State Bar of Wisconsin Return to Wisconsin Employment Relations Commission Awards

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In the Matter of the Arbitration of a Dispute Between





Case 162

No. 55125



Mr. Daniel R. Pfeifer, Staff Representative, for the Union.

Mr. William A. Shepherd, Corporation Counsel, for the County.


The above-noted parties asked that the Wisconsin Employment Relations Commission assign this dispute to me for resolution through a final and binding arbitration award. Hearing was held in LaCrosse, Wisconsin on August 12, 1997. No transcript was made of the proceedings. Briefs were filed by September 17, 1997. The parties waived the contractual deadline for issuance of this award.


The parties agreed that the issue to be decided is:

Did the County violate the collective bargaining agreement by failing to award the vacant Community Health Nurse II-Occupational Health position to the grievant, Sue Conard? If so, what is the appropriate remedy?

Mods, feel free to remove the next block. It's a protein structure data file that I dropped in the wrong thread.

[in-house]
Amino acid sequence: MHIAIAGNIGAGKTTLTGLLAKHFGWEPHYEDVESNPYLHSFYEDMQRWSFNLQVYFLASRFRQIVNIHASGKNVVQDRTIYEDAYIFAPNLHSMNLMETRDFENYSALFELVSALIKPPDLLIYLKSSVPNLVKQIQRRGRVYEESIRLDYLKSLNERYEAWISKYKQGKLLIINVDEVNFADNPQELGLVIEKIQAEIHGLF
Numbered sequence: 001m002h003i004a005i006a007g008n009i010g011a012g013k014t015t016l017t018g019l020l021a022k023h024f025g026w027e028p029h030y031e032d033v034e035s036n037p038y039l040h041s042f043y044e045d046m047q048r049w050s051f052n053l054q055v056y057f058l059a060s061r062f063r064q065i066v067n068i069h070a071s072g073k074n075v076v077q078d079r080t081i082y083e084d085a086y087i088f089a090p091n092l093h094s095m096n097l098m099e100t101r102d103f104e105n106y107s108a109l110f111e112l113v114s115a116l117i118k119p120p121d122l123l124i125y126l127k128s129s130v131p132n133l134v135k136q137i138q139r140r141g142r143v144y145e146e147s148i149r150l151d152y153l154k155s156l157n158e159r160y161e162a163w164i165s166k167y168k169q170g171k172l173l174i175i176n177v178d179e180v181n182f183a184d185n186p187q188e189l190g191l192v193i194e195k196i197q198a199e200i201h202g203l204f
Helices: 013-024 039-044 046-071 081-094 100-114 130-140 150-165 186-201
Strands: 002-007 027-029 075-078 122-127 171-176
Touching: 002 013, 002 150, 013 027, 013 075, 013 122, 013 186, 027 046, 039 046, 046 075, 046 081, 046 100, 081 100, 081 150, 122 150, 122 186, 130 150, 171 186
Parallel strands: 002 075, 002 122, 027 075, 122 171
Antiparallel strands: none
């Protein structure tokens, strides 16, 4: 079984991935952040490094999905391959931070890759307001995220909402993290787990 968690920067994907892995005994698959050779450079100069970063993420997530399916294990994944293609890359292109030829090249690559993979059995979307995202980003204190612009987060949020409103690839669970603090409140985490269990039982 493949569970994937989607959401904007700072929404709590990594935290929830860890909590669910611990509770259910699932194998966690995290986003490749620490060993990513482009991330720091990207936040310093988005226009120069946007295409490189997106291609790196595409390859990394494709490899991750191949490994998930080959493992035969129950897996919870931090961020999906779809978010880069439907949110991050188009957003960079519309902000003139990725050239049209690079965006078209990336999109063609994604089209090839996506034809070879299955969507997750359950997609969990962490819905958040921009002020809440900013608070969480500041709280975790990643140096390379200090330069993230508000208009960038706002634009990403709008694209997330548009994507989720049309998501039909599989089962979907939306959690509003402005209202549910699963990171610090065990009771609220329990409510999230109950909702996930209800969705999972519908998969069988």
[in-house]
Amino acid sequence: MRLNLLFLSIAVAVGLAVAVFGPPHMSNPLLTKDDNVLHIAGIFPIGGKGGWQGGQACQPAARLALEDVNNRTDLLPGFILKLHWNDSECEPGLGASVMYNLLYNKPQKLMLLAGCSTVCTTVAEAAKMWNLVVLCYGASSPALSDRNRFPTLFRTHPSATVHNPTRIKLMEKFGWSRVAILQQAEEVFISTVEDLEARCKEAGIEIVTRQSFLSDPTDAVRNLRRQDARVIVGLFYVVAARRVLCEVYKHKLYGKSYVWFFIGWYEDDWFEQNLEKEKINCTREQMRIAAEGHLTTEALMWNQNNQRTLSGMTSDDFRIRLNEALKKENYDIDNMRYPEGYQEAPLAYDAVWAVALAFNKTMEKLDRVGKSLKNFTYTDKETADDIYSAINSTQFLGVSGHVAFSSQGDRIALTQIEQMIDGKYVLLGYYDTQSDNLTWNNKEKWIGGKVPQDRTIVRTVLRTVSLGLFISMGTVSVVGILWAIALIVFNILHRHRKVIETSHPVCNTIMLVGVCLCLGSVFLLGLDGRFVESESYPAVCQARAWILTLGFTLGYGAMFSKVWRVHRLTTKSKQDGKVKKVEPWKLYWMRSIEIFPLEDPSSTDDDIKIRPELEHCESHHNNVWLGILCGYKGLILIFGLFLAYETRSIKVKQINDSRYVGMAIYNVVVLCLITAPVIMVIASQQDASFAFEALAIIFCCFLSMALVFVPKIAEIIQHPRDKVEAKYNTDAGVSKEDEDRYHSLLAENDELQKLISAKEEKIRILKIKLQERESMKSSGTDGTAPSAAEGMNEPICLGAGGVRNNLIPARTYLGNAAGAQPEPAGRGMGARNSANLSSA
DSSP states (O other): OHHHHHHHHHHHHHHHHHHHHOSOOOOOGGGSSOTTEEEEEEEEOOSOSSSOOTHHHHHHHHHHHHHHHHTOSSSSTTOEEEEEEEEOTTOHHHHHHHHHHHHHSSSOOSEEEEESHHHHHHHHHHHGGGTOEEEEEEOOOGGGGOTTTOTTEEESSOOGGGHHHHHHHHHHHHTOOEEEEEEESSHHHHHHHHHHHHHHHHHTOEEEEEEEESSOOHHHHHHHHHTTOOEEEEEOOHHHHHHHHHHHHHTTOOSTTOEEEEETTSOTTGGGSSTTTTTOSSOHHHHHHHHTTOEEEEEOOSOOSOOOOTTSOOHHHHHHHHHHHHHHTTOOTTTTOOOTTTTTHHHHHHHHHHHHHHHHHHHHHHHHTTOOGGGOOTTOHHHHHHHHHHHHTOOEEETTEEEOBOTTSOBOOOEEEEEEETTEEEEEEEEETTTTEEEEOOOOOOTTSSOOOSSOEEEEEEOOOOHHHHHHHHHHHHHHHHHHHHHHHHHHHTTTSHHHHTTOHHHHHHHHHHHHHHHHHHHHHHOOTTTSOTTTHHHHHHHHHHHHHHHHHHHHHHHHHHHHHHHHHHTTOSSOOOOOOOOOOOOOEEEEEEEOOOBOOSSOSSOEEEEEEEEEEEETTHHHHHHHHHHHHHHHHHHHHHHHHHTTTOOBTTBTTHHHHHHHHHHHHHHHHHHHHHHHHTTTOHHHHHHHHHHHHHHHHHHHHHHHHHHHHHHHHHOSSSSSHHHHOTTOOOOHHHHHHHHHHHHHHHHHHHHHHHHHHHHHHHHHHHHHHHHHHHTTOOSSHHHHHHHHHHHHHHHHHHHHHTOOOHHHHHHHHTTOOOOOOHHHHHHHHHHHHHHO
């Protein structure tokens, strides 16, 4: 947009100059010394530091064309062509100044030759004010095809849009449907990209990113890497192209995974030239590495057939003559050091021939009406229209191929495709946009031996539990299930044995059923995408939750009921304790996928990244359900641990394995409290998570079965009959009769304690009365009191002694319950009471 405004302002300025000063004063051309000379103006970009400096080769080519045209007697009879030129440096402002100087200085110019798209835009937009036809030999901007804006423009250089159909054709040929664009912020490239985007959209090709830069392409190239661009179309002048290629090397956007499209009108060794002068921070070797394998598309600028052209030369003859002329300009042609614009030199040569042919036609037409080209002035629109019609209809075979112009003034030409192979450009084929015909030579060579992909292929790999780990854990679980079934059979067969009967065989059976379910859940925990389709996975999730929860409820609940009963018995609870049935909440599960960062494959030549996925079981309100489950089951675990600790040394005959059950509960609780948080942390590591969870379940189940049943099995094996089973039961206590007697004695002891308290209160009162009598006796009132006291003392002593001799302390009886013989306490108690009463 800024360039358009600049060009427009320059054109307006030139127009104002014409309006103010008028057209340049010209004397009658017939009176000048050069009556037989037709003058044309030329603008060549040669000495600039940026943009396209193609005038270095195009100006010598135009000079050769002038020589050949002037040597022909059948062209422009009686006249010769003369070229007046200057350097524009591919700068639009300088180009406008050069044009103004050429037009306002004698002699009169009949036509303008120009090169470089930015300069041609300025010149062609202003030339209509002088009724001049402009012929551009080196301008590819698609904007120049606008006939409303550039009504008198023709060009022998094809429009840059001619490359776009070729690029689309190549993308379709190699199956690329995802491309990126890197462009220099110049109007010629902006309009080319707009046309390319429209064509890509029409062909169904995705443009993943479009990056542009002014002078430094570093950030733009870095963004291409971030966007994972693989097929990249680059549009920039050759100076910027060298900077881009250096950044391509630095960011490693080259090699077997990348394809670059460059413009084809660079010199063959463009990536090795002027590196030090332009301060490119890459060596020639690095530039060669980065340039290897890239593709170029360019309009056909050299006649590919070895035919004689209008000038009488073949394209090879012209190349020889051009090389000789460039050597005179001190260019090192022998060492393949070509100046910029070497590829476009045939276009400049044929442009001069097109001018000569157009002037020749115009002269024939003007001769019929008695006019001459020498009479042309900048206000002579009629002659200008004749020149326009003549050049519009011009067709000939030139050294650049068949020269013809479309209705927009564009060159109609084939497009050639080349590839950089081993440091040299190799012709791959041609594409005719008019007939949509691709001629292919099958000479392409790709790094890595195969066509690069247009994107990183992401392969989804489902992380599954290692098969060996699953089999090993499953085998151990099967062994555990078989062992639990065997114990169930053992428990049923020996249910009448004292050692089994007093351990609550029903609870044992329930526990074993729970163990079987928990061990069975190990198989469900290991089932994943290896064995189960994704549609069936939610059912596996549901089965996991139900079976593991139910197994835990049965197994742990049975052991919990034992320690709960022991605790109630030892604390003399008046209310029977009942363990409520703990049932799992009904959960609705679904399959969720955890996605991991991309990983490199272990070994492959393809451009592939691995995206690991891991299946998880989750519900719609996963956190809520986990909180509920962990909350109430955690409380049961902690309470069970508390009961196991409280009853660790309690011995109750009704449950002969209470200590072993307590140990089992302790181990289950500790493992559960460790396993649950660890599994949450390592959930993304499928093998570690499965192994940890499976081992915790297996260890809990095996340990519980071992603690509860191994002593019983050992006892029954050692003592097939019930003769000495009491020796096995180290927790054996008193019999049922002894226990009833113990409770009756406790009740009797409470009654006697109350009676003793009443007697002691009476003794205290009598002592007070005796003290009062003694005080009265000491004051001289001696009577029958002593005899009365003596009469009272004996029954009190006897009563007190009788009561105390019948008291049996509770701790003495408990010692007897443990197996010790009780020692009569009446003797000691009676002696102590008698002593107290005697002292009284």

9.02 The job requirements, qualifications, and rate of pay shall be part of the posting and sufficient space for interested parties to sign said posting, or they may, in writing, notify the Department Head of their application. Copies of said postings and the bidders shall be submitted to the Union.

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9.03 To apply for a vacancy, the employee must have the basic qualifications for the job, or required certification, as provided under the County Personnel Administrative Code and Rules, or State Merit System for Social Services Departments, whichever is applicable. The allocation or the number of classifications shall rest with the County, except as may be otherwise provided in this Agreement. If the County accepts delegation of a personnel Administrative System as incorporated in the County Personnel Administrative Code and Rules, any impact shall be bargained with the Union as it might affect wages, hours, or conditions of employment.